No. 448
Crime, Eccentricity, and the Sporting Life in 19th Century America.
November 19, 2019

A Successful Trip.

William Leland, of Buffalo, N. Y., takes a pleasurable dive over the Horseshoe Falls and still lives
June 5, 2016
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Chapter 2
In 1761, a young Frenchman died violently. This tragedy would lead to what is still one of that country's most famous cases of judicial injustice. Assuming, of course, that it truly was an injustice at all. The grim chain of events began on October 13, when the body of 28-year-old Marc Antoine Calas was found dead in his family home in Toulouse. The Calas family initially stated that
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Strange Company - 11/18/2019


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Lizzie’s Old School Chum, Augusta Poole (Mrs. Cyrus Tripp) Shelley M. Dziedzic, October 2019 (all rights reserved) During the hot …

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Lizzie Borden : Warps & Wefts - 10/19/2019
Helen Farr Sloan was the former student—and then second wife—of Ashcan artist John Sloan. When her husband died in 1951, she remained devoted to promoting his art and achievements. But Farr Sloan was an exceptional artist in her own right. Born in New York, she became a printmaker and painter who had something to say […]
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Ephemeral New York - 11/18/2019

Jeff and Joe Soapy Smith buries Joe Simmons The Illustrated Police News April 9, 1892 (Click image to enlarge) oe Simmons was a tall, slender gambler known to many as “Gambler Joe” Simmons, a member of the Soap Gang who managed Soapy Smith's Tivoli Club in Denver, 1890, and Soapy's Orleans Club in Creede, 1892. According to William Devere’s poem "Two Little Busted Shoes," Simmons
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Soapy Smith's Soap Box - 3/25/2019
Scene of the Debbins murder Walter R. Debbins was shot twice in the back, in broad daylight, on Highland Street in Medford, Massachusetts, on the afternoon of Saturday, March 27, 1897. Though no one saw the murder or heard the gunshots, there was enough traffic on Highland Street that afternoon for the police to precisely pinpoint the time of the shooting to between 1:00 and 1:05. But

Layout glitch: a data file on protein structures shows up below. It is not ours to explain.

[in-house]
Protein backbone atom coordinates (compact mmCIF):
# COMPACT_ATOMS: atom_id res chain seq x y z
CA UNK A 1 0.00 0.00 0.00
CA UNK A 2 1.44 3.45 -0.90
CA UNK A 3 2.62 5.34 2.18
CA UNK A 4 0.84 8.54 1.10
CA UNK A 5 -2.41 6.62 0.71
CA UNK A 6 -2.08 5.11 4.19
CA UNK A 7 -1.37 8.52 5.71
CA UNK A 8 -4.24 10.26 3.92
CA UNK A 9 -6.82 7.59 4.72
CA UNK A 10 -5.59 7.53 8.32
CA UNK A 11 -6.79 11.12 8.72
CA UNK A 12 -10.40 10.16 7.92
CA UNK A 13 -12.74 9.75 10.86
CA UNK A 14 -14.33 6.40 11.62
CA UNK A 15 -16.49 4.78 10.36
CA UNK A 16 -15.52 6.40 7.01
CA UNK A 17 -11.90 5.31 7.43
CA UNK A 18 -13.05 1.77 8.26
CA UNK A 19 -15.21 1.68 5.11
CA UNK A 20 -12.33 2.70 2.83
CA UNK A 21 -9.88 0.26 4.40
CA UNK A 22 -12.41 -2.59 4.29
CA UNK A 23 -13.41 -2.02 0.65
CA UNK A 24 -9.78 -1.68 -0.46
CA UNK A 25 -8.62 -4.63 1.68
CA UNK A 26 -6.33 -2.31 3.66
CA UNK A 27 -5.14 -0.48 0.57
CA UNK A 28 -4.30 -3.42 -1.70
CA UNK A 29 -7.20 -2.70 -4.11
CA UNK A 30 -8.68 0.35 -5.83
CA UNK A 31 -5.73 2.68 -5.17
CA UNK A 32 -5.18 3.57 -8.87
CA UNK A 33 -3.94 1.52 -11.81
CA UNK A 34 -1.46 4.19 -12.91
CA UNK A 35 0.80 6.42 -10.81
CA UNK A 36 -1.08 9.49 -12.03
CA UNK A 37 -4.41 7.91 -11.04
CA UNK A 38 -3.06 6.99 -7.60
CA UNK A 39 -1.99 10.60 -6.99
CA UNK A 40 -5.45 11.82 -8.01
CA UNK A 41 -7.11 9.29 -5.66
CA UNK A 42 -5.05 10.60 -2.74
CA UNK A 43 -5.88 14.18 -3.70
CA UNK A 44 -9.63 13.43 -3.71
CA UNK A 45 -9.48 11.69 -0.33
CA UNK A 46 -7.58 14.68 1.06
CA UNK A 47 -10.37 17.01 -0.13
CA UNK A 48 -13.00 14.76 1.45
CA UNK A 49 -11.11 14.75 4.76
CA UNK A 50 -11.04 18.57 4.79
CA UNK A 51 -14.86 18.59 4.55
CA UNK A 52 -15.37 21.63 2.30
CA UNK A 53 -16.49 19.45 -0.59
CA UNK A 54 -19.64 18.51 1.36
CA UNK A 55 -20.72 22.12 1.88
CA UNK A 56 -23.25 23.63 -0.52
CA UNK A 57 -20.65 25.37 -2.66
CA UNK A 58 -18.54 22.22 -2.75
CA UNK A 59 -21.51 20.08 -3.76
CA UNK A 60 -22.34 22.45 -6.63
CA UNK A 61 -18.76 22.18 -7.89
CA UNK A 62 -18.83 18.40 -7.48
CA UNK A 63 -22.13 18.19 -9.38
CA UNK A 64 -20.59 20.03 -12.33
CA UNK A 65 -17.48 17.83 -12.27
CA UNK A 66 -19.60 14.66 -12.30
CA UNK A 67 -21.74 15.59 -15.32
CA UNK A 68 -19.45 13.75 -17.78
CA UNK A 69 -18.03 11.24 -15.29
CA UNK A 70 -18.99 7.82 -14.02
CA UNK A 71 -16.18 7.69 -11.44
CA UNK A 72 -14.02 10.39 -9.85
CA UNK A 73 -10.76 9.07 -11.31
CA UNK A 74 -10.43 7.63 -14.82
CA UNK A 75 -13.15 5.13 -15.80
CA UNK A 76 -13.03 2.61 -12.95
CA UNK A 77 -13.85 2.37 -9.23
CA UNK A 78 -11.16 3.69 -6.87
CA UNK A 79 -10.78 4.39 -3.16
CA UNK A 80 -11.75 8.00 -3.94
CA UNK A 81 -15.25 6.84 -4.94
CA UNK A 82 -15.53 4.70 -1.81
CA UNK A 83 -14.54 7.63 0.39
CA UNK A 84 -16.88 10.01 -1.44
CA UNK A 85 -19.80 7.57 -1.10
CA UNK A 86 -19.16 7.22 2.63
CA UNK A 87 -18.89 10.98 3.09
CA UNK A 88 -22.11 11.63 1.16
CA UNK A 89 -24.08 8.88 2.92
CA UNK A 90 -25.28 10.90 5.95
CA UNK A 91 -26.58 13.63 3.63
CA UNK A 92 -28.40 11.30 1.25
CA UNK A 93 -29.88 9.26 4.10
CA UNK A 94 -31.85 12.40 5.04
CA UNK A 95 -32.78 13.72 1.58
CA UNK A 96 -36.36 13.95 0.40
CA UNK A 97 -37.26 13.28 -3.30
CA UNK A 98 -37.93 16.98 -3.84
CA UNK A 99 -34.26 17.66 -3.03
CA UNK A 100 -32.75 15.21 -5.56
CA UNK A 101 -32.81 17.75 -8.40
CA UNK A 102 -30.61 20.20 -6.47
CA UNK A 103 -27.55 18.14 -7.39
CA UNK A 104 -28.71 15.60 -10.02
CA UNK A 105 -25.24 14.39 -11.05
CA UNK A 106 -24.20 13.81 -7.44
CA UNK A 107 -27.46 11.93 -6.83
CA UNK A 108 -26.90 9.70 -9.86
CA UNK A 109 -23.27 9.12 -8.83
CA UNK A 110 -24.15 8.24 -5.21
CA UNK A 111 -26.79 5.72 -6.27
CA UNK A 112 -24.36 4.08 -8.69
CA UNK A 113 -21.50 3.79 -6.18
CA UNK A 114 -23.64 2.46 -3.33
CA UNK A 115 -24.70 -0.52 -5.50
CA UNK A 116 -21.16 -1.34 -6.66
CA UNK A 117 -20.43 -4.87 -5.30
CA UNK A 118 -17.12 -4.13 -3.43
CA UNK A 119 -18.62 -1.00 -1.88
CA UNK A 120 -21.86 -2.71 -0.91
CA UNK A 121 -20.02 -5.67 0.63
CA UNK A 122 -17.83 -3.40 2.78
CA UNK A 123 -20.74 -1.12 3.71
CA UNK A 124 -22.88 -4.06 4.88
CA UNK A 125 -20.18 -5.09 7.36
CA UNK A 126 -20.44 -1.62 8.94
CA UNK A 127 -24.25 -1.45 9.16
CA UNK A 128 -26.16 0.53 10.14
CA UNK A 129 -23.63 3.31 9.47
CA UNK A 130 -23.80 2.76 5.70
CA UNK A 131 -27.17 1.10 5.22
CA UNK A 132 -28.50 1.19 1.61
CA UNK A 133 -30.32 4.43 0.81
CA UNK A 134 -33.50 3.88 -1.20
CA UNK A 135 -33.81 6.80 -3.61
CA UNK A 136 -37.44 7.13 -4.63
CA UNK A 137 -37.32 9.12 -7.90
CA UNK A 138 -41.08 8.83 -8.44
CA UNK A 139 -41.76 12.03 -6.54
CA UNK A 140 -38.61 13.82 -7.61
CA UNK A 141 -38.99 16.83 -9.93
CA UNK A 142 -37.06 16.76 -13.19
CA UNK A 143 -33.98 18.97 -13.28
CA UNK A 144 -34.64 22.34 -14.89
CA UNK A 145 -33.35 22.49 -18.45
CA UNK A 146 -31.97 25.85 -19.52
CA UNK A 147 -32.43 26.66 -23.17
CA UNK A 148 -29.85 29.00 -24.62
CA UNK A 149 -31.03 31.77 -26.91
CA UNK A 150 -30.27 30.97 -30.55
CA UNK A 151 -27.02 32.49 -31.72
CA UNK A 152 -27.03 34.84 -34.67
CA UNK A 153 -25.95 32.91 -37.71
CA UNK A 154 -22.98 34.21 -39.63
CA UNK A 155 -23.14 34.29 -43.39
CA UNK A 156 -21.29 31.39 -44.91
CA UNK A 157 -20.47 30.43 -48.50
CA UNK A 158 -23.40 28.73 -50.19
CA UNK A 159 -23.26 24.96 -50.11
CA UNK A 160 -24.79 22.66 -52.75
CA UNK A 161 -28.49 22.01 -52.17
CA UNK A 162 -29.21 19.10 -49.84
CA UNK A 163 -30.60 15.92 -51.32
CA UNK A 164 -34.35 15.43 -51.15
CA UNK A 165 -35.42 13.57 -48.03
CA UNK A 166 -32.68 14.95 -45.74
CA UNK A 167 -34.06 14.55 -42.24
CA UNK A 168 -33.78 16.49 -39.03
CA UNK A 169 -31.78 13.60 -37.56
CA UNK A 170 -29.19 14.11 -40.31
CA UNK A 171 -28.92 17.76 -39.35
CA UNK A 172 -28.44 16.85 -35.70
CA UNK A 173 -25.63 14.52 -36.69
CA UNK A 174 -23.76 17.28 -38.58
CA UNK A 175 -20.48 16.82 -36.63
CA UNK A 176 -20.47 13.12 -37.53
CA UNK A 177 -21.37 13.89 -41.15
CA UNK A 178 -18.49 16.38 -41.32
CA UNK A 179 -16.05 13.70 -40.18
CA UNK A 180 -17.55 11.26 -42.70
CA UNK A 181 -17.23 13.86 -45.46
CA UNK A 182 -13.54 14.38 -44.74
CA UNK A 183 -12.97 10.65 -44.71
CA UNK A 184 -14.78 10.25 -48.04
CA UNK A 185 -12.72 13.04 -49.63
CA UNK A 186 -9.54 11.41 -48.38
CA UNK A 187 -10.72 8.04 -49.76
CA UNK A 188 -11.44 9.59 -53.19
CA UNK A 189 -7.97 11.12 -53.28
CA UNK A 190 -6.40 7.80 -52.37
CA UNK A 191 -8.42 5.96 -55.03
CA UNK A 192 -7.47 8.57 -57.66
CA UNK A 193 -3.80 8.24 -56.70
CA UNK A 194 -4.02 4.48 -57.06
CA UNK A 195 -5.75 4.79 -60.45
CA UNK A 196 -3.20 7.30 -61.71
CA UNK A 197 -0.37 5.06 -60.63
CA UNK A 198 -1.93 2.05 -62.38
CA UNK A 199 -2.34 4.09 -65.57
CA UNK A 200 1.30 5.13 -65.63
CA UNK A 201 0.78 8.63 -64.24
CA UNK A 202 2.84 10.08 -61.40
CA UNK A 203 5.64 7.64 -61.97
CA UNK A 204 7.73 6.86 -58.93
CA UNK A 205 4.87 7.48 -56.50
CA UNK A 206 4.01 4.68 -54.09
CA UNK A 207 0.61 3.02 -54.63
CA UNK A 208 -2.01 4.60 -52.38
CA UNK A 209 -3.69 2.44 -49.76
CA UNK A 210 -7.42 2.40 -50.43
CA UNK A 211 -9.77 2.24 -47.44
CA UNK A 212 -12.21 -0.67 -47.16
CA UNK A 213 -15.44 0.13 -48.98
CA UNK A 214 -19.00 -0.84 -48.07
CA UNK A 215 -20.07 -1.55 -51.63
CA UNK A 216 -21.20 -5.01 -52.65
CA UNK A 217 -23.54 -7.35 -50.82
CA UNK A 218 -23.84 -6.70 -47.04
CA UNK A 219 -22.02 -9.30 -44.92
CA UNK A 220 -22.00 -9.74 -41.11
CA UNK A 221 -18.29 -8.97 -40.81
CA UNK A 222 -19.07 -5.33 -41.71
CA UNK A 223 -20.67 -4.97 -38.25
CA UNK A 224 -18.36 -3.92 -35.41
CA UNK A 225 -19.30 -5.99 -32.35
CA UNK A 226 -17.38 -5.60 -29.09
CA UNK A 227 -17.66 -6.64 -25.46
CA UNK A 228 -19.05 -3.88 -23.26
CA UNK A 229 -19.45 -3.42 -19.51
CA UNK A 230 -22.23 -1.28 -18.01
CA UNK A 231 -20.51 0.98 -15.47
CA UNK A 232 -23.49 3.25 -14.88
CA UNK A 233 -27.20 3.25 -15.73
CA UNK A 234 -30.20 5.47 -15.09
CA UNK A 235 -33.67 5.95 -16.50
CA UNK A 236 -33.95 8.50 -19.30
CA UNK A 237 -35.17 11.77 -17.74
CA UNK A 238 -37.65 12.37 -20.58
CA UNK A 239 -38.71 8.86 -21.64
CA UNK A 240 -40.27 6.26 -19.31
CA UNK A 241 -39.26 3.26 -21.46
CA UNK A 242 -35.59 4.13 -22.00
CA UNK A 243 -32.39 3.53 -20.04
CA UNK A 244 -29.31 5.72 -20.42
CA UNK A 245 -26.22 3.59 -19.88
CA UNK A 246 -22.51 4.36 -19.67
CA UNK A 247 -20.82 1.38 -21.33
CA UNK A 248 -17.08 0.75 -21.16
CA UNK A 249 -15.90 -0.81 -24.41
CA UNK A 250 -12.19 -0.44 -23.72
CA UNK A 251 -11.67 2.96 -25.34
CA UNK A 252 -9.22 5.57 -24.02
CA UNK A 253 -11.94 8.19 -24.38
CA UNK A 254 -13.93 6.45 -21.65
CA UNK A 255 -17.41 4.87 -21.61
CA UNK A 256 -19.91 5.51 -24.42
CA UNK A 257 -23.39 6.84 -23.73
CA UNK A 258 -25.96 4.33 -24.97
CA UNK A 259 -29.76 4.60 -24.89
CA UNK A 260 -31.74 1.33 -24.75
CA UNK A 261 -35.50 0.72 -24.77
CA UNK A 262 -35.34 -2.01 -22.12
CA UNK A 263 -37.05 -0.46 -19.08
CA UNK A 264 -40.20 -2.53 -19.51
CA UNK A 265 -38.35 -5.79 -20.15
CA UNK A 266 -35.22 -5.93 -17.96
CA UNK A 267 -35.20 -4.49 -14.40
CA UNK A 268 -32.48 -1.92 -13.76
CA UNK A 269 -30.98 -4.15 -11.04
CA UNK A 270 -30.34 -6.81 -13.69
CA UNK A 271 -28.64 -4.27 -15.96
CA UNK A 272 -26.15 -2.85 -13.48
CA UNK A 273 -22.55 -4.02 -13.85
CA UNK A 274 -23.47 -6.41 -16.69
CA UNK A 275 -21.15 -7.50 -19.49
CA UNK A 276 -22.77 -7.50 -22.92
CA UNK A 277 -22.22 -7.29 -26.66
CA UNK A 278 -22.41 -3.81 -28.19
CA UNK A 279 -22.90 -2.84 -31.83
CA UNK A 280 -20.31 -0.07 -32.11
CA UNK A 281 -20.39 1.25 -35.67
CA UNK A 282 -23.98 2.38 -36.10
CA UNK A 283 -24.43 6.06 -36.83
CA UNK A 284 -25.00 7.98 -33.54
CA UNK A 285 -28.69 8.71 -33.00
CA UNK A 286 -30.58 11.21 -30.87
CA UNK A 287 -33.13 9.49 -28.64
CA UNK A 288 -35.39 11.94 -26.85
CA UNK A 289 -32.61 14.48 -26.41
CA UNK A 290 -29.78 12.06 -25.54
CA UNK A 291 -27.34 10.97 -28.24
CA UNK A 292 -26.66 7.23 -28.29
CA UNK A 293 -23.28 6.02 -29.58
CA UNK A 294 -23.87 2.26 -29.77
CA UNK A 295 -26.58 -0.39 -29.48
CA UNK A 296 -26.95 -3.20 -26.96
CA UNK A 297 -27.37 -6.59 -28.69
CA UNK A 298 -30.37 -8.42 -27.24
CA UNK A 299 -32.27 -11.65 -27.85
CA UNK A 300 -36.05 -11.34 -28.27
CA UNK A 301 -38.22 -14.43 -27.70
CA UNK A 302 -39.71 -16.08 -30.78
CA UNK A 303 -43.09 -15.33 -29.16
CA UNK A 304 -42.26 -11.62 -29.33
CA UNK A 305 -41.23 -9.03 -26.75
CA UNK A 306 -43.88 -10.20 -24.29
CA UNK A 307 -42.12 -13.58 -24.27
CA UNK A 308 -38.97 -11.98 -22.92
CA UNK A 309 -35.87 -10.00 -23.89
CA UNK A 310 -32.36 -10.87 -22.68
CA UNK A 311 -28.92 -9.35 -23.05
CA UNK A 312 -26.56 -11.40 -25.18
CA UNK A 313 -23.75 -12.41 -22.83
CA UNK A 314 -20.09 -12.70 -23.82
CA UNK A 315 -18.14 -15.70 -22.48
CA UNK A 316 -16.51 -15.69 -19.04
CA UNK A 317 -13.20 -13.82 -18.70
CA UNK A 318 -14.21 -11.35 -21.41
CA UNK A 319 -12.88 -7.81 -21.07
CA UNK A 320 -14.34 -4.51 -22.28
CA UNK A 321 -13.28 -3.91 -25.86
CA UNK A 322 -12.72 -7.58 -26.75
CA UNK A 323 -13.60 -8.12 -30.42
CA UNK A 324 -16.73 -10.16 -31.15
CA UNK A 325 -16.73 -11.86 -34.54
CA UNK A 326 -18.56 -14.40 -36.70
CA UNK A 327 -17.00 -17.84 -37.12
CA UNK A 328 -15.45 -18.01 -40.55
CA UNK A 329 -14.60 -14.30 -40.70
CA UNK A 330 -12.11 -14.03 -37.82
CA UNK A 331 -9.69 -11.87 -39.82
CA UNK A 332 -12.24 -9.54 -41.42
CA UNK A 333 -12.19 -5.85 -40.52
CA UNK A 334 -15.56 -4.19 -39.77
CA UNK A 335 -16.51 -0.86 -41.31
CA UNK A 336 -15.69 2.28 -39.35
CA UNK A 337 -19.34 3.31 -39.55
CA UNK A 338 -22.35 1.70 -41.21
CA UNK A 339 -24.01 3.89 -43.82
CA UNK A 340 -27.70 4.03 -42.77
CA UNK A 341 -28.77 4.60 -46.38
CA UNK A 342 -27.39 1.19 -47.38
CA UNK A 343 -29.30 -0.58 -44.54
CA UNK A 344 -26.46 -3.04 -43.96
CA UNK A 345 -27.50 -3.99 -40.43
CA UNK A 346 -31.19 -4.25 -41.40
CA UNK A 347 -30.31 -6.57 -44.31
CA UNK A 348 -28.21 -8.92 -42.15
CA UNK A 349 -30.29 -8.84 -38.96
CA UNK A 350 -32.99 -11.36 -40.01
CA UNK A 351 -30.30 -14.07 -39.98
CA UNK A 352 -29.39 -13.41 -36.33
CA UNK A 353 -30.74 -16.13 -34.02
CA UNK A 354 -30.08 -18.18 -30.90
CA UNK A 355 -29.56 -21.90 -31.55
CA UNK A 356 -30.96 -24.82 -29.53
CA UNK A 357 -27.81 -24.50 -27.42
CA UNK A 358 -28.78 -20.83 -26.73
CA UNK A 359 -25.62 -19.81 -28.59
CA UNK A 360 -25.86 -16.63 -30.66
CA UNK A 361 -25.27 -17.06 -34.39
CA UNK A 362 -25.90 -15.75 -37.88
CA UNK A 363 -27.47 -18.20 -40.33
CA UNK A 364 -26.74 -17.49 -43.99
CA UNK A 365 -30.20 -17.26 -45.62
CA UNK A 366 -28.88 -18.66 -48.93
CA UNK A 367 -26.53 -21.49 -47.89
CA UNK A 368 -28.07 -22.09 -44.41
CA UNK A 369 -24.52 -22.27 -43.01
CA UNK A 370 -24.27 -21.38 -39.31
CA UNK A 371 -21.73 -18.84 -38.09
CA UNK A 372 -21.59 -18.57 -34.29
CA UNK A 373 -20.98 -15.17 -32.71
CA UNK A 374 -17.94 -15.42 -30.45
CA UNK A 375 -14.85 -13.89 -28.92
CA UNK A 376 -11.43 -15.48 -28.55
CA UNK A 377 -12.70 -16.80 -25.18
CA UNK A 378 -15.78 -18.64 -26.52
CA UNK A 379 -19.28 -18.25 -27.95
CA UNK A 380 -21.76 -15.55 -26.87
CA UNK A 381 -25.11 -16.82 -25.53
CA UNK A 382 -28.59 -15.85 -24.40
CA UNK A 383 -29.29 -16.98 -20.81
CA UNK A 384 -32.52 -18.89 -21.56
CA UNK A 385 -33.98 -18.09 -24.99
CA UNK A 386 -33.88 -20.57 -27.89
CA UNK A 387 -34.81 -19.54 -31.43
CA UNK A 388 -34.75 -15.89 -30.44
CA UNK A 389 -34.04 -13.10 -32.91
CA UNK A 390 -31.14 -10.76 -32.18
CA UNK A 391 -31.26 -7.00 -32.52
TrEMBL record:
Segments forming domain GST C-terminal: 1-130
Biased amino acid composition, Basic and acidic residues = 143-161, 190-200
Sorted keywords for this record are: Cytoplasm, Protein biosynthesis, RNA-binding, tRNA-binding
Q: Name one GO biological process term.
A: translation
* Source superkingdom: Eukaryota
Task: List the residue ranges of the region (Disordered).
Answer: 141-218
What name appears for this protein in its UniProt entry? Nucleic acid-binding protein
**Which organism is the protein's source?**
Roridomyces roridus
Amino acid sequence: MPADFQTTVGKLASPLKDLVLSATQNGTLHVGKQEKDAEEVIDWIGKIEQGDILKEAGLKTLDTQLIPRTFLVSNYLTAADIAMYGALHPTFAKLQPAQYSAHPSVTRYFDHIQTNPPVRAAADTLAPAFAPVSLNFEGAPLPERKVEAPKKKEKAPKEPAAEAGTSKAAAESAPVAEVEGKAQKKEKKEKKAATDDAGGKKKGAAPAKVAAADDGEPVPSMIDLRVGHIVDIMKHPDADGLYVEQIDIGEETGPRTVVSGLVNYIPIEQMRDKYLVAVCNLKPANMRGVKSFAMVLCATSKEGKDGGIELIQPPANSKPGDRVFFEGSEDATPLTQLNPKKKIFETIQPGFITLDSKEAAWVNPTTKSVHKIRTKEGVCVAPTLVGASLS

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Murder by Gaslight - 11/16/2019
Spanish seaman Joseph Garcia was hanged at Usk Prison on this date in 1872, for the Llangibby Massacre. It occurred in the Welsh village of that name, inland from the mouth of the Severn where Garcia had alit as a mariner at Newport nearly a year before. He’d committed a burglary there, and been committed […]
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ExecutedToday.com - 11/17/2019
[Editor’s note: Guest writer, Peter Dickson, lives in West Sussex, England and has been working with microfilm copies of The Duncan Campbell Papers from the State Library of NSW, Sydney, Australia. The following are some of his analyses of what he has discovered from reading these papers. Dickson has contributed many transcriptions to the Jamaica Family […]
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Early American Crime - 2/7/2019
They Ran a Snide Game. | Ought to be Ashamed of Herself.

A Successful Trip.

A Successful Trip

William Leland, of Buffalo, N. Y., takes a pleasurable dive over the Horseshoe Falls and still lives to be written up.[more]

William Leland of Buffalo, N. Y., went over the Niagara Horseshoe Falls on Nov. 3, with the aid of a cork life preserver and a parachute. The parachute is an invention of his own. At 5:55 Leland dressed in black tights, started for the center of the stream in a canvas boat. Before starting, Leland had strapped on his life preserver and placed the parachute in the boat. By the pressure of a spring the parachute is made to expand. At 6:10 Leland was at the brink of the Falls, standing up he opened the parachute, and, as the boast was about to topple over, jumped straight out from the falling water. A strong wind that was blowing caught the parachute and carried Leland about 150 feet before he landed in the water. He then swam to the shore, where Messrs. Steward and Bell put warm clothes on the swimmer. Leland was in no way injured by his swim. The trip was the result of a wager between Messrs. Clark and Steward and Bell and Tyre. Clark and Steward bet $1,000 that Leland could not go over the falls and live. Bell and Tyr were of the opposite opinion. Leland received $500 and expenses.


Reprinted from National Police Gazette, November 23, 1889.